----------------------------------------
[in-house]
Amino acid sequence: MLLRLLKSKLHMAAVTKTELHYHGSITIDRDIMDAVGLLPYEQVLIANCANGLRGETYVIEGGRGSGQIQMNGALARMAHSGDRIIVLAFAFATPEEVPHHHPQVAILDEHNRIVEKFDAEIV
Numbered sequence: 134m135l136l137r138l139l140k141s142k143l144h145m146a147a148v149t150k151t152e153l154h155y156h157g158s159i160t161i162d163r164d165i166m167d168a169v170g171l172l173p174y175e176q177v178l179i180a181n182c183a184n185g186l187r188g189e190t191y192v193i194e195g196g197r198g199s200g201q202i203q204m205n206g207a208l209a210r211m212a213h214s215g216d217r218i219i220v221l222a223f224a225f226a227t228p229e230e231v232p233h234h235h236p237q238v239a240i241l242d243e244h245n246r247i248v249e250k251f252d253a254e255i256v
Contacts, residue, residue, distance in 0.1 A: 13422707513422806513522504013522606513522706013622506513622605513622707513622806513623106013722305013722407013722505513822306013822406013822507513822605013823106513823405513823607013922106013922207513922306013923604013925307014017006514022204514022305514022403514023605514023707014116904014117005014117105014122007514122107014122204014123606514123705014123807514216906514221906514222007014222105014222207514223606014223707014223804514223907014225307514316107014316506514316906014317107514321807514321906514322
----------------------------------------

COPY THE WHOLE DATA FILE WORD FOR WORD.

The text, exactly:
[in-house]
Amino acid sequence: MLLRLLKSKLHMAAVTKTELHYHGSITIDRDIMDAVGLLPYEQVLIANCANGLRGETYVIEGGRGSGQIQMNGALARMAHSGDRIIVLAFAFATPEEVPHHHPQVAILDEHNRIVEKFDAEIV
Numbered sequence: 134m135l136l137r138l139l140k141s142k143l144h145m146a147a148v149t150k151t152e153l154h155y156h157g158s159i160t161i162d163r164d165i166m167d168a169v170g171l172l173p174y175e176q177v178l179i180a181n182c183a184n185g186l187r188g189e190t191y192v193i194e195g196g197r198g199s200g201q202i203q204m205n206g207a208l209a210r211m212a213h214s215g216d217r218i219i220v221l222a223f224a225f226a227t228p229e230e231v232p233h234h235h236p237q238v239a240i241l242d243e244h245n246r247i248v249e250k251f252d253a254e255i256v
Contacts, residue, residue, distance in 0.1 A: 13422707513422806513522504013522606513522706013622506513622605513622707513622806513623106013722305013722407013722505513822306013822406013822507513822605013823106513823405513823607013922106013922207513922306013923604013925307014017006514022204514022305514022403514023605514023707014116904014117005014117105014122007514122107014122204014123606514123705014123807514216906514221906514222007014222105014222207514223606014223707014223804514223907014225307514316107014316506514316906014317107514321807514321906514322